Counseling Signatures

Our program signatures highlight our departmental values and commitments that encompass the characteristics we embrace and develop as a counselor training facility.

Humanistic Engagement

We believe in the power of human relationships to be a catalyst for positive growth in students’ and clients’ lives. We diligently work to nurture meaningful relationships among students and faculty that extend beyond static notions of student teacher. We consider student-faculty classroom interactions to be important and necessary to the professional development of students; but also, we believe the mentoring that occurs beyond traditional academic spaces is vital to preparing outstanding counseling practitioners, supervisors, and educators. Our faculty provides mentoring on a range of professional endeavors including research, professional identity, and career aspirations. We expect that such commitment to humanistic engagement provides a model through which students can develop collaborative and meaningful working relationships with the clients, students, and supervisees they serve.

Reflexive Leadership

We aspire to be leaders at all levels of influence, namely community, state, regional, national, and international, with a focused intent of providing leadership within counseling, counselor education, and supervision. We are dedicated to advancing the profession through scholarship, professional service, pedagogy, and clinical engagement. Our leadership commitment is situated within reflexivity in that we believe that the most effective and transformative leaders accomplish change through a high level of self-awareness and ongoing cultivation of their personhood. We are motivated to mentor the next generation of leaders in order to create a legacy of leadership emanating from Syracuse University and generating a profound impact on our communities, clients, students, and professional associations.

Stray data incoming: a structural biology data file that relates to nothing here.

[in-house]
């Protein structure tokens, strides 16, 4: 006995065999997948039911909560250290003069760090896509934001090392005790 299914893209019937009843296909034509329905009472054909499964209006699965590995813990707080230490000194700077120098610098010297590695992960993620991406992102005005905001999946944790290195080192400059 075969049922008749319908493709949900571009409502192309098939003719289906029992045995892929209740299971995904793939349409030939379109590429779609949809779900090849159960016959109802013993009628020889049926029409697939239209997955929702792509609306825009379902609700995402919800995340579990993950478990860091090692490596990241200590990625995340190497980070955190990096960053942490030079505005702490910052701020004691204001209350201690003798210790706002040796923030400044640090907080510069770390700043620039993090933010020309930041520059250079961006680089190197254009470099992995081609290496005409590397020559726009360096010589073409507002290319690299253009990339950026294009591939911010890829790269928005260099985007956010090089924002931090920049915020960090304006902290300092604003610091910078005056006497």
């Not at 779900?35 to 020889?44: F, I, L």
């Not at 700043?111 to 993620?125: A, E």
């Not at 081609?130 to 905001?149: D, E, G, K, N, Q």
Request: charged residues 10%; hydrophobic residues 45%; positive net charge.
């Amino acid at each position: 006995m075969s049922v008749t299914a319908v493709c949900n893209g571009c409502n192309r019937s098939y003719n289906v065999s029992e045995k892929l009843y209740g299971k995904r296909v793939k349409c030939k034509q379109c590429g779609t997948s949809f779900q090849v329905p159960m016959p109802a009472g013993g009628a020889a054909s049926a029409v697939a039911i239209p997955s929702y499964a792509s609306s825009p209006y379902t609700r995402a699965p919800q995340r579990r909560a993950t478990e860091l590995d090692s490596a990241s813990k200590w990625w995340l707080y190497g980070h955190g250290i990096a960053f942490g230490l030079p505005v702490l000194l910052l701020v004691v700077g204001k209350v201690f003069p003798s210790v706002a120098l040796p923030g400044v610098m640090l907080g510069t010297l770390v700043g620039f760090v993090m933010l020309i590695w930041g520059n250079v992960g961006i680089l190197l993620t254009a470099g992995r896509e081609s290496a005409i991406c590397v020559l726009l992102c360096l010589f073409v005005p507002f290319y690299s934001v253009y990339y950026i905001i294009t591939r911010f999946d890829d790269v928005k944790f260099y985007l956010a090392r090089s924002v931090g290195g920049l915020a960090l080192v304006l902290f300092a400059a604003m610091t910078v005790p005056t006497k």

Impactful and Engaged Scholarship

Grounded in a belief that academic pursuits can address real world dilemmas, we are involved in research projects that are designed to make a difference in the lives of students, clients, and consumers. Embedded in the communities we serve, student and faculty research is informed by, and in turn, informs the populations with whom we work. Whether seeking to identify effective teaching, counseling, or supervision strategies or exploring the experiences of a particular group in a specific context (e.g., students of color in multicultural coursework, clients with hearing loss in a community clinic, LGBT persons participating in counseling or Gay-Straight Alliances), our scholarship is noted as having a wide influence on the overall counseling and counselor education profession. As recognized experts in their field, members of the CHS community have authored widely referenced books, and they regularly publish in top-tier counseling and counselor education journals. The dissemination of our scholarship at state, national, and international conferences, as well as community in-services and workshops facilitates practitioners’ access to our work and ensures the spread of best practices to many of the areas of service most in need.

Experiential and Constructivist Pedagogy

Our student-centered learning community encourages students to be open and reflective, willing to explore novel knowledge and experiences, and fully engaged in the learning process. The central premise anchoring constructivist pedagogy is that individuals and groups make meaning of novel information, at least partially, by interpreting it through the lens of past experience. Therefore, learning is an active, contextualized process rather than something acquired directly and objectively from an instructor, text, or other source. This entails that students are not just passive receivers of knowledge but rather active agents in the learning process. We view students’ prior knowledge as foundational to the learning process. Students are encouraged to self-reflect in order to become more conscious of whom they are as well as to become more aware of the life experiences which have contributed to their development. Students can expect to engage in activities that ask them to experiment with ways to integrate prior knowledge with the novel knowledge and skills they encounter in the program. Students will encounter a learning environment rich with activities and experiences that will parallel the real-world contexts and situations they will encounter as helping professionals.